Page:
A motto coined by Jasper Milvain, which spell out clearly the Catch-22 structuring the lives of just about every author. Marks out the (now-legible) relationship between fiction and the critics as overdetermined.

It was an excellent piece of writing (see the Wayside, June 1884), and in places touched with true emotion. (462)

A bid on realism by way of extra-diagetic empirical verification.

 I would have the paper address itself to the quarter-educated; that is to day, the great new generation that is being turned out by the Board schools, the young men and women who can just read, but are incapable of sustained attention…bits of stories, bits of description, bits of scandal, bits of jokes, bit sof statistics, bits of foolery. Am I not right? Everything must be short, two inches at utmost; their attention can’t sustain itself beyond two inches. Even chat is too solid for them: they want chit-chat. (460)

This vision of bite-size prose comes toward the end of the novel, and has an obvious historical referent in Tit-Bits. An interesting commentary on the size of writing (contrast to the sheer bigness of the Victorian long poem), the time of reading (cf. I.A. Richards and Quiller-Couch), the fragment now reified as that best suited to the demands of industrialized consciousness: the quarter-educated.




Thomas Carlyle – Signs of the Times (1829)

Can be read as prototypical critique of the acceptance of utilitarian values (anticipating both Ruskin’s Unto this Last and Arnold’s Culture and Anarchy). Focuses on the fact of transition: “All men are aware that the present is a crisis of this sort; and why it has become so…Those things that seemed fixed (like the church) and immovable; deep as the foundations of the world and lo, in a moment they have vanished, and their place knows them no more” (62)! Carlyle is intent, however, on giving a program for action, which entails a robust Understanding of the Present as the convergence of Past and Future:

The poorest Day that passes over us is te conflux of two Eternities; it is made up of currents that issue from the remotest Past, and flow onwards into the remotest Future. We were wise indeed, could we discern truly the signs of our time; and by knowledge of its wants and advantages, wisely adjust our own position in it. Let us, instead of gazing idly into the obscure distance, look calmly around us,  for a little, on the perplexed scene where we stand. Perhaps, on a more serious inspection, something of its perplexity will disappear, some of its distinctive characters and deeper tendencies more clearly reveal themselves; whereby our own relations to it, our own true aims and endeavors in it, may also becomes clear. (64)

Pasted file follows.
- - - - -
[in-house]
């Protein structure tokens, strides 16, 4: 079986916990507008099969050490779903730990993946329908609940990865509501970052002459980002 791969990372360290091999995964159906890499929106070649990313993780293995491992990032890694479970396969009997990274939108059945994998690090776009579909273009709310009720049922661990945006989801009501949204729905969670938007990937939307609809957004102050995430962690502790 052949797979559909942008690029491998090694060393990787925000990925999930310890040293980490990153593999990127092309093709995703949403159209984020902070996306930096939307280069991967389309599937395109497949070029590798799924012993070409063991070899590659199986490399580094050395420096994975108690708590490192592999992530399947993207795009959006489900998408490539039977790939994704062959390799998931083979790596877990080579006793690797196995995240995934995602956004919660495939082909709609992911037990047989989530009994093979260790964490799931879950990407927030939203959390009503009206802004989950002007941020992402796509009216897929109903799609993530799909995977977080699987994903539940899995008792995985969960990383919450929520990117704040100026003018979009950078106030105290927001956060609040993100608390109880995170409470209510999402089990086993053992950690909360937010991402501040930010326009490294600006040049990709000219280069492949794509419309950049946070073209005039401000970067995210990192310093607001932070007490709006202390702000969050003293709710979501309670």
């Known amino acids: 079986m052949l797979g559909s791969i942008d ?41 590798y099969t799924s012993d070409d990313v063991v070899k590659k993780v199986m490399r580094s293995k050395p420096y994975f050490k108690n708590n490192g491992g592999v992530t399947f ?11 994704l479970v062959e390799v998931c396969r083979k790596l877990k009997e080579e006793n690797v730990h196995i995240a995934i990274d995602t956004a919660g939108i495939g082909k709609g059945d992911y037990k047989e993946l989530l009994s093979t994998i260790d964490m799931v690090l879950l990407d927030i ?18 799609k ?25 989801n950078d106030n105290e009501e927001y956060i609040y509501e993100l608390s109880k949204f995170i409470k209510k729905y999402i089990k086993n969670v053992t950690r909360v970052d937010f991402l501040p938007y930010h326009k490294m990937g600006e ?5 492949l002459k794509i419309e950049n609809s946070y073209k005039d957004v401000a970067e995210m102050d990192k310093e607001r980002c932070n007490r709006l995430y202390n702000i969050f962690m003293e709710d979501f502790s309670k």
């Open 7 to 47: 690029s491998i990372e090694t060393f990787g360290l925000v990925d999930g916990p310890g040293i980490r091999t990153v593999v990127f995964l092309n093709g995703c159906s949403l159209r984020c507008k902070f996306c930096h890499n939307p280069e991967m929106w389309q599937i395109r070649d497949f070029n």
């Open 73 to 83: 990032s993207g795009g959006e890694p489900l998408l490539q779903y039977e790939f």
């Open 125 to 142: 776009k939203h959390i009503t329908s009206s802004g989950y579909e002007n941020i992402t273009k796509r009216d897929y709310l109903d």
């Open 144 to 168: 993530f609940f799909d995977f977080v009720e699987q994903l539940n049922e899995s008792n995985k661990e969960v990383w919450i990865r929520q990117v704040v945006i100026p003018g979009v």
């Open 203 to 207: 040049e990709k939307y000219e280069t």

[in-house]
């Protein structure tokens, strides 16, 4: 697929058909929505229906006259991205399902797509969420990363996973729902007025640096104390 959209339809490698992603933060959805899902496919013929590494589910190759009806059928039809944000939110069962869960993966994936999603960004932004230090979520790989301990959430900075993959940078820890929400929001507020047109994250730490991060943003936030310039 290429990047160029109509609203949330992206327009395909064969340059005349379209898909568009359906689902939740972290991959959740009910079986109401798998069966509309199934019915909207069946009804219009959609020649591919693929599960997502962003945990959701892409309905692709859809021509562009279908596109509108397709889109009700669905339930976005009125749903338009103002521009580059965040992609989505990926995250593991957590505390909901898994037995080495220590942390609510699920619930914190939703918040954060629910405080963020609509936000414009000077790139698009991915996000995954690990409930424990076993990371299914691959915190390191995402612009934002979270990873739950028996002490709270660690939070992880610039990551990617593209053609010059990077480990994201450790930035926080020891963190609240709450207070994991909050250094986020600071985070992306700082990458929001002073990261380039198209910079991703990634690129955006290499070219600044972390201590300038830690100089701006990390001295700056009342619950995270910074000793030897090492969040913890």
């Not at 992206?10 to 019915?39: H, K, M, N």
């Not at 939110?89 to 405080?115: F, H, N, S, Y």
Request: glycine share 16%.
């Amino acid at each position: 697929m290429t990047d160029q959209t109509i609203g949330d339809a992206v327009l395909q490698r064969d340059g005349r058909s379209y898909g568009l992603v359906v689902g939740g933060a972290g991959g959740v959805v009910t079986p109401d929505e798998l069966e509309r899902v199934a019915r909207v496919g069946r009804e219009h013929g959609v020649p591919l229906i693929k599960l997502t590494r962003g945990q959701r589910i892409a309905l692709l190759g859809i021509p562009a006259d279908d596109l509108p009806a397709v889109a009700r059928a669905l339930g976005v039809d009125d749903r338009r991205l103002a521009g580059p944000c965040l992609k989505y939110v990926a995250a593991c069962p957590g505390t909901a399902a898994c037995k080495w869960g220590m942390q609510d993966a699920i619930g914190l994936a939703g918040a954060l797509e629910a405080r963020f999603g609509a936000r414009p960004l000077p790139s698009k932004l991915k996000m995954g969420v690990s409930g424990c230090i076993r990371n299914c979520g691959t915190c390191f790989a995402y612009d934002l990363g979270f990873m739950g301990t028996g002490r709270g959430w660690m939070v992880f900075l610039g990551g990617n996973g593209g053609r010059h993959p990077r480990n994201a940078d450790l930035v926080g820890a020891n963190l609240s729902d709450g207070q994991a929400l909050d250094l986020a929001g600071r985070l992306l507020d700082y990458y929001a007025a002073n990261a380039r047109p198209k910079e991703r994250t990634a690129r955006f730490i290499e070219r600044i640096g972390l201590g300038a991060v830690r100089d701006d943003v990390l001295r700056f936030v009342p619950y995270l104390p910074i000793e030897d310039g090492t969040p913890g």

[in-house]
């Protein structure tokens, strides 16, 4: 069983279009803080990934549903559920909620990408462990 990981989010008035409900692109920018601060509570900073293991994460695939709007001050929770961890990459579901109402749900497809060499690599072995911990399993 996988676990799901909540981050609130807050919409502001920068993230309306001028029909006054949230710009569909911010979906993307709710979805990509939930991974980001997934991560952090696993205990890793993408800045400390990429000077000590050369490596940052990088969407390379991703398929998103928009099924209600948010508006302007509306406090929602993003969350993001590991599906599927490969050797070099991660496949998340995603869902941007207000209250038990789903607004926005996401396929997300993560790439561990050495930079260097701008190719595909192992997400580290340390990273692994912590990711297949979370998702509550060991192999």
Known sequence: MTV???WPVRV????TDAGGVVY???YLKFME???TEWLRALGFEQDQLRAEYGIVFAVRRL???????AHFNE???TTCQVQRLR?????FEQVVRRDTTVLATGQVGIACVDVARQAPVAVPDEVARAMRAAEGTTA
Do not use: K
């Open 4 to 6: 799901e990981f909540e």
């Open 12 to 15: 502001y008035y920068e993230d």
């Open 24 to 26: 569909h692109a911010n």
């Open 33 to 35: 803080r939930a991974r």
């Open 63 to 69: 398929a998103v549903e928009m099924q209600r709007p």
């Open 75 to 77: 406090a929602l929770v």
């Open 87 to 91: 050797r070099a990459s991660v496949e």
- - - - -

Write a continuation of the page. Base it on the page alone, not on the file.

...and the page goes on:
He makes the argument that the “Soul-Politic” is being ignored while the “Body-Politic” is “more than ever worshipped” (71). This is the result of a focus on the mechanical rather than dynamical aspects of life. The dynamical refers to those spontaneous, unsolicited gifts of nature: art and science. the point here is that the logic of “Profit and Loss” has no place in the realm of art, since it is completely unable to either produce or regulate its movements. Via art and science, so does “man, in every age, vindicate, consciously or unconsciously, his celestial birthright” (75). Carlyle argues for a proper balance of the dynamic and the mechanic, and locates the process of this balancing act in the individual perfection of the self. That’s the conclusion: but he gets there by way astronomical predictions. (85)

Key Passages – Daniel Deronda

Men can do nothing without the make believe of a beginning. Even Science, the strict measurer, is obliged to start with a make-believe unit, and must fix on a point in the stars’ unceasing journey when his sidereal clock shall pretend that time is Nought. His less accurate grandmother Poetry has always been understood to start in the middle; but on reflection it appears that her proceeding is not very different from his; since Science, too, reckons backwards as well as forwards, divides his unit into billions, and with his clock-finger at Nought really sets off in media res. No retrospect will take us to the true beginning; and whether our prologue be in heaven or on earth it is but a fraction of that all-presupposing fact which our story sets out.

This, the opening to the novel, proceeds the famous opening line: “Was she beautiful or not beautiful?” We do not know who asks this question and we do not know of whom it is asked. Thus the starting point is already displaced, the object coming before the subject that would produce it. Throughout the novel, the toggling between cause and effect is crucial (is Daniel determining his future according to liberal civic codes à la Mill or is he being determined by biological histories?) and here Eliot is making that ambiguity immanent to the very production of narrative. There is also a critique of Copperfield “Retrospects,” which make a bid on narrating origins. The passage also forcefully naturalizes traditional images of fate (stars) through the use of “sidereal,” which refers to the measurement of time by comparing the earth’s rotation with fixed stars. Also relatable to the mathematical sublime (the smallness of the unit becomes an object of wonder). And such problematic beginnings will look forward to the problematic ending, in which Eliot will unsatisfactorily attempt to suture her double-plot.